This study examines whether and how survey response differs by race and Hispanic origin, using data from birth certificates and survey administrative data from a large-scale statewide experiment. The sample consists of mothers of infants selected from Oklahoma birth certificates using a stratified random sampling method (N=7,11). This study uses Heckman probit analysis to consider two stages of survey response: (1) being located by the survey team and (2) completing a questionnaire through collaboration with the survey team. Analysis results show that African Americans, American Indians, and Hispanics are significantly less likely to be located during the study recruitment than Whites, controlling for other demographic, socioeconomic, and environmental factors. Conditional on being located, however, the probability of collaboration does not differ among the four groups. Findings suggest that researchers should pay attention to separate stages of respondent recruitment and improve strategies to locate members of racial and ethnic minority groups during recruitment.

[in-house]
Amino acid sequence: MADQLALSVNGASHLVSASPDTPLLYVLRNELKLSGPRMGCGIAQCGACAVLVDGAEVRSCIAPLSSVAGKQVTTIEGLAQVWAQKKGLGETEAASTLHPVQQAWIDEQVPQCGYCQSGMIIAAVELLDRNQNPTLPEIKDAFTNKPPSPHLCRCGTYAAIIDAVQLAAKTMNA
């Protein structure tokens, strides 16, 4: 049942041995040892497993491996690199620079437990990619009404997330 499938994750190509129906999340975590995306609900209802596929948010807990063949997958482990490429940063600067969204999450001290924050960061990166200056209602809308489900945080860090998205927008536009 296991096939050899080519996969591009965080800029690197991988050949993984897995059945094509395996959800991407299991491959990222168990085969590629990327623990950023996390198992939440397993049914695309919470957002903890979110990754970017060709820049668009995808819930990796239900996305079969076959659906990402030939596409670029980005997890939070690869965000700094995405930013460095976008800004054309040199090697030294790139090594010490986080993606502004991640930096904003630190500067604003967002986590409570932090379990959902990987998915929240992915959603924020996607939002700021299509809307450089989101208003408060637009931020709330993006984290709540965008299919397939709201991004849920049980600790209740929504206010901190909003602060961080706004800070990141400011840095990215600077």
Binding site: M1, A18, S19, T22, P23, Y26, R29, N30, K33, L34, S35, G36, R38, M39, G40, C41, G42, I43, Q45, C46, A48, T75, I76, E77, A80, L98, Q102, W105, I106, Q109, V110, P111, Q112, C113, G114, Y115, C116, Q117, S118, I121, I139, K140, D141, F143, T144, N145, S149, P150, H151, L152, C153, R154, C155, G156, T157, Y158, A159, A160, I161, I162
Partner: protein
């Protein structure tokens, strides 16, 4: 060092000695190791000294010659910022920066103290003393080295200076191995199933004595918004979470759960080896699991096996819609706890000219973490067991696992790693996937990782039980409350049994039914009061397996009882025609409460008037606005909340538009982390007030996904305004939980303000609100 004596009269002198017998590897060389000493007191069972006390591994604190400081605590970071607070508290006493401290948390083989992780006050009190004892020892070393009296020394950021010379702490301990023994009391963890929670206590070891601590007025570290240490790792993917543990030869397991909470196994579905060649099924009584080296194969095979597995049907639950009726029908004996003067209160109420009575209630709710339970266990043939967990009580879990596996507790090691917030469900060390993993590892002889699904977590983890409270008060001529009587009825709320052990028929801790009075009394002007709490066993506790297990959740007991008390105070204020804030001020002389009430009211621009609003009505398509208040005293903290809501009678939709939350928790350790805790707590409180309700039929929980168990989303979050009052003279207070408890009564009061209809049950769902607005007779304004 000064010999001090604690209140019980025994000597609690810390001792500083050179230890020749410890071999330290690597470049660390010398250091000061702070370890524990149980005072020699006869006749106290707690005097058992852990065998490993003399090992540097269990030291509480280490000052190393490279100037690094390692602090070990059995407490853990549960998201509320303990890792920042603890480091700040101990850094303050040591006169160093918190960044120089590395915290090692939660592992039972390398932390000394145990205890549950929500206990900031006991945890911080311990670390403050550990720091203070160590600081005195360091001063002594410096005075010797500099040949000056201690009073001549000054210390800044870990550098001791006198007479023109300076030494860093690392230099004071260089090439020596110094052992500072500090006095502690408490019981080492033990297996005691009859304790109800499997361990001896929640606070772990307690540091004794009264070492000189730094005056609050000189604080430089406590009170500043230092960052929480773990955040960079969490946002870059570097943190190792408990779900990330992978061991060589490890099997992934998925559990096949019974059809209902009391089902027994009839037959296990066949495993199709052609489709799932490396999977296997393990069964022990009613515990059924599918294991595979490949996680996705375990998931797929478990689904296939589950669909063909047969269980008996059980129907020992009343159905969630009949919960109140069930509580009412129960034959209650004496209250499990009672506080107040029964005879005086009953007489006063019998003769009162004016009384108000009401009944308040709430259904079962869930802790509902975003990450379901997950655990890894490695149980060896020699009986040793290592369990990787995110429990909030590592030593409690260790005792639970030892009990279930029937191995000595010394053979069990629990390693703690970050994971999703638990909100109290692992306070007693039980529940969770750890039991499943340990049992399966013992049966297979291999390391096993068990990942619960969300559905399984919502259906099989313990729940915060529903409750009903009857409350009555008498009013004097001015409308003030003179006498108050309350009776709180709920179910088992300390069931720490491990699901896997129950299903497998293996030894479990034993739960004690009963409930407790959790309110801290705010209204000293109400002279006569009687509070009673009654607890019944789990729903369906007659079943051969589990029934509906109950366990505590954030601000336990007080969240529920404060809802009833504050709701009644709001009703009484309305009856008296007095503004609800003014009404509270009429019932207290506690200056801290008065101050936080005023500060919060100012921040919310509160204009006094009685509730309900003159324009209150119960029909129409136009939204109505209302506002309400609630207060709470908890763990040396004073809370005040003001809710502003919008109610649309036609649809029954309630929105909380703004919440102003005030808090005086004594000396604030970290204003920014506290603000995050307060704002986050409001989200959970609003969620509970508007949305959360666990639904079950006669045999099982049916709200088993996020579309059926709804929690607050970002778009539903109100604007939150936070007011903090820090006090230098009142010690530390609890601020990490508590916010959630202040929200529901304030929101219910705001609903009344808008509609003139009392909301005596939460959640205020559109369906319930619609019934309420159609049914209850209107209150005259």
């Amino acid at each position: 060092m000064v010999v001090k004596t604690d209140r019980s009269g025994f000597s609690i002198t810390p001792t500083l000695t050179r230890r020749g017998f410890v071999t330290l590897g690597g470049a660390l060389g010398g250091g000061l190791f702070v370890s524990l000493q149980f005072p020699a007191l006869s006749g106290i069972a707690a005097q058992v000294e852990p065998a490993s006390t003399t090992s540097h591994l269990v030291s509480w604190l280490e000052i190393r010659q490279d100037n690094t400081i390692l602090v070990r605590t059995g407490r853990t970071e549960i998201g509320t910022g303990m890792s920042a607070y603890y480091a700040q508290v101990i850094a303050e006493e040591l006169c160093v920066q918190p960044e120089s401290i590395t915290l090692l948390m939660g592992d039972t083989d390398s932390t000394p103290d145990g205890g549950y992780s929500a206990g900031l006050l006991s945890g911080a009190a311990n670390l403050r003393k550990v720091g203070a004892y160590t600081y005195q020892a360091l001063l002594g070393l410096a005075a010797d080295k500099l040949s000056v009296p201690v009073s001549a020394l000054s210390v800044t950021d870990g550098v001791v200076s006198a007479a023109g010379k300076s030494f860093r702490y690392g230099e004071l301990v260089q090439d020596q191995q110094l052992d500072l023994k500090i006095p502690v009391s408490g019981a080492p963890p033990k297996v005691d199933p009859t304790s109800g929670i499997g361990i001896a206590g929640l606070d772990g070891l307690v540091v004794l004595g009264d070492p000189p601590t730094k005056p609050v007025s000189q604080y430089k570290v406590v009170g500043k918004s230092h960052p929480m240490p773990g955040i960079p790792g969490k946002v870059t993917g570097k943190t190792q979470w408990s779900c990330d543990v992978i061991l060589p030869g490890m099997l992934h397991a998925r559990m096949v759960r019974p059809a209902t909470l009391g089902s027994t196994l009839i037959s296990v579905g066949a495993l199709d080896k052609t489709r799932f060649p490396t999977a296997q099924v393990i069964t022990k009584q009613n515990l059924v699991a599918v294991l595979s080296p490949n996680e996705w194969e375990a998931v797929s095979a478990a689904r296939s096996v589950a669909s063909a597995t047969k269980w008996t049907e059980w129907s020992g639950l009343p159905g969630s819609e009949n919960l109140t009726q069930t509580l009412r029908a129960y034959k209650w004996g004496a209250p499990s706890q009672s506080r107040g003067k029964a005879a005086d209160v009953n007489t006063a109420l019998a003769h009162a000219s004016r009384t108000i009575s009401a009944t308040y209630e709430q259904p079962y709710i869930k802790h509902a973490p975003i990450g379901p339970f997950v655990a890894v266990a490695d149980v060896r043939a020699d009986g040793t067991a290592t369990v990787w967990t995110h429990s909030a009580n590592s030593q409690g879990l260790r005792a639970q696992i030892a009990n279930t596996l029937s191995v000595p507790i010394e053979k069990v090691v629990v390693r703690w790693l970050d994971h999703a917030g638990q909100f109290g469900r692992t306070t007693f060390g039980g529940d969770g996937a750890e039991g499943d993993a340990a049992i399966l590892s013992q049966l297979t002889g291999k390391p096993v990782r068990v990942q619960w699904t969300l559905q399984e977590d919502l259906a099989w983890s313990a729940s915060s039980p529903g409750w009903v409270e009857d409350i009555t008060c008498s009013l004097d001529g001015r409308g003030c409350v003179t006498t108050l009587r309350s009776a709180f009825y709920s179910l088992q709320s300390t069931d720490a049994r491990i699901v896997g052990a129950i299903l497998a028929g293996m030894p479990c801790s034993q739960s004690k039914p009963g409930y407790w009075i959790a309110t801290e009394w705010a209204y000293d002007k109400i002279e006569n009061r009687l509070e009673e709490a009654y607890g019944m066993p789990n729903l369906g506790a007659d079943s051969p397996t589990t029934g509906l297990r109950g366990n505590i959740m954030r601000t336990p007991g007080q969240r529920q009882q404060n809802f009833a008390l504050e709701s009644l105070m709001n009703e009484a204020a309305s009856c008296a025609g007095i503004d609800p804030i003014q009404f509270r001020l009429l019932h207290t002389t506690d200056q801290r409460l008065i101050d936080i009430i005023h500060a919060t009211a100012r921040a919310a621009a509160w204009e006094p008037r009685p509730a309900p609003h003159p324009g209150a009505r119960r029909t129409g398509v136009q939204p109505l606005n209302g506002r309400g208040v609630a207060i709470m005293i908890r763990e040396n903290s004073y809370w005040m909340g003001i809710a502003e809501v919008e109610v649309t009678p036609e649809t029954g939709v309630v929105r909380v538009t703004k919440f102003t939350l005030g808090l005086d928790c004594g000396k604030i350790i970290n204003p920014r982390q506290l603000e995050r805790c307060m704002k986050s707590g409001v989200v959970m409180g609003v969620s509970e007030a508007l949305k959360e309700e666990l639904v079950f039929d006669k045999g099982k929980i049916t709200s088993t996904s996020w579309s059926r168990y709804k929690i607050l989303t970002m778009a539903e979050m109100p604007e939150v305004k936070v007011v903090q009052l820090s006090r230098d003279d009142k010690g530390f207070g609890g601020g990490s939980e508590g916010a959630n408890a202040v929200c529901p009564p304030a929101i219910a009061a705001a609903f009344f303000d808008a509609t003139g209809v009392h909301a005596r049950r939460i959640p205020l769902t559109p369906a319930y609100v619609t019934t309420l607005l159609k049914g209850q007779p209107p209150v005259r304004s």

Subsequent publication: Nam, Y., Mason, L. R., Kim, Y., Clancy, M., & Sherraden, M. (2013). Survey response in a statewide social experiment: Differences in being located and collaborating, by race and Hispanic origin. Social Work Research, 37(1), 64–74. doi:10.1093/swr/svs031
Project: SEED for Oklahoma Kids
Nam, Y., Mason, L. R., Kim, Y., Clancy, M., & Sherraden, M. (2011). Survey response in a statewide social experiment: Differences in being located and collaborating by race and Hispanic origin (CSD Working Paper No. 11-01). St. Louis, MO: Washington University, Center for Social Development.